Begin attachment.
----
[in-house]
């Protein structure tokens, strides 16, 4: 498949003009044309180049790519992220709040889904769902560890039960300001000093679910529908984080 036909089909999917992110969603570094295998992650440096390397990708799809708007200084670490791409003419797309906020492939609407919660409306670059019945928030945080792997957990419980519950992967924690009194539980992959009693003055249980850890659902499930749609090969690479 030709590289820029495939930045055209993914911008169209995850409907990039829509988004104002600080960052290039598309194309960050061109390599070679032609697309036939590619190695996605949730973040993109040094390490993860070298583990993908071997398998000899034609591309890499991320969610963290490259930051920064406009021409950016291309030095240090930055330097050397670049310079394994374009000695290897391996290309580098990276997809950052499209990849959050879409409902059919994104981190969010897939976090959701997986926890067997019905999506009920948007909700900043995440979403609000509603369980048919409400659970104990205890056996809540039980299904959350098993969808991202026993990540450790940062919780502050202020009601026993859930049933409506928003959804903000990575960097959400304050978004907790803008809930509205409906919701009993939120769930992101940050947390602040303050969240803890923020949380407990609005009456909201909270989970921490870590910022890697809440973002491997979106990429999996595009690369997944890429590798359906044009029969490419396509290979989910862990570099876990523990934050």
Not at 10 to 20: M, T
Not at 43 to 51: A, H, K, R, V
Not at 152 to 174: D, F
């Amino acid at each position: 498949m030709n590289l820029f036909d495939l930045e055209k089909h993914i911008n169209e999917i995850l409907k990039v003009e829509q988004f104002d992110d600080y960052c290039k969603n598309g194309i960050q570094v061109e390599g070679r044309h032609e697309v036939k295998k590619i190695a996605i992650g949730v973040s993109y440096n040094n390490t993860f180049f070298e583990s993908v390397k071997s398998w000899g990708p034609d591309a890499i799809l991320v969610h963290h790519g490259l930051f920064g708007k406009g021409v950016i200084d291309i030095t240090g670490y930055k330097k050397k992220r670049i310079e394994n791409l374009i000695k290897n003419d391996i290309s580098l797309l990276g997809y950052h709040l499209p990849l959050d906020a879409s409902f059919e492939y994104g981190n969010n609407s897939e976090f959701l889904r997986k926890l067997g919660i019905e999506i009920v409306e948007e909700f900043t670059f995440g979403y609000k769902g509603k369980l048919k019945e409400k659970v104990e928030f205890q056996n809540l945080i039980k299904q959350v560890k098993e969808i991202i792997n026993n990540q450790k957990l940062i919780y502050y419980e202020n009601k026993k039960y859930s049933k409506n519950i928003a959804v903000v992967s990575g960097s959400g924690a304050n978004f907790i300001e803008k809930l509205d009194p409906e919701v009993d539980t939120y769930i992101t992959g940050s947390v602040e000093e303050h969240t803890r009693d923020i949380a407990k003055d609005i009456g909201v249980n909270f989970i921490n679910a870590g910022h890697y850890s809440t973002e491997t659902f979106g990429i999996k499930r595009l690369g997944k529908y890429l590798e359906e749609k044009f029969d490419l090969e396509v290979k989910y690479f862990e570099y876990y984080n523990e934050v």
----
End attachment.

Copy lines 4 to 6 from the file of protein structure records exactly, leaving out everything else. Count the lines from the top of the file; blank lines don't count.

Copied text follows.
Not at 43 to 51: A, H, K, R, V
Not at 152 to 174: D, F
């Amino acid at each position: 498949m030709n590289l820029f036909d495939l930045e055209k089909h993914i911008n169209e999917i995850l409907k990039v003009e829509q988004f104002d992110d600080y960052c290039k969603n598309g194309i960050q570094v061109e390599g070679r044309h032609e697309v036939k295998k590619i190695a996605i992650g949730v973040s993109y440096n040094n390490t993860f180049f070298e583990s993908v390397k071997s398998w000899g990708p034609d591309a890499i799809l991320v969610h963290h790519g490259l930051f920064g708007k406009g021409v950016i200084d291309i030095t240090g670490y930055k330097k050397k992220r670049i310079e394994n791409l374009i000695k290897n003419d391996i290309s580098l797309l990276g997809y950052h709040l499209p990849l959050d906020a879409s409902f059919e492939y994104g981190n969010n609407s897939e976090f959701l889904r997986k926890l067997g919660i019905e999506i009920v409306e948007e909700f900043t670059f995440g979403y609000k769902g509603k369980l048919k019945e409400k659970v104990e928030f205890q056996n809540l945080i039980k299904q959350v560890k098993e969808i991202i792997n026993n990540q450790k957990l940062i919780y502050y419980e202020n009601k026993k039960y859930s049933k409506n519950i928003a959804v903000v992967s990575g960097s959400g924690a304050n978004f907790i300001e803008k809930l509205d009194p409906e919701v009993d539980t939120y769930i992101t992959g940050s947390v602040e000093e303050h969240t803890r009693d923020i949380a407990k003055d609005i009456g909201v249980n909270f989970i921490n679910a870590g910022h890697y850890s809440t973002e491997t659902f979106g990429i999996k499930r595009l690369g997944k529908y890429l590798e359906e749609k044009f029969d490419l090969e396509v290979k989910y690479f862990e570099y876990y984080n523990e934050v």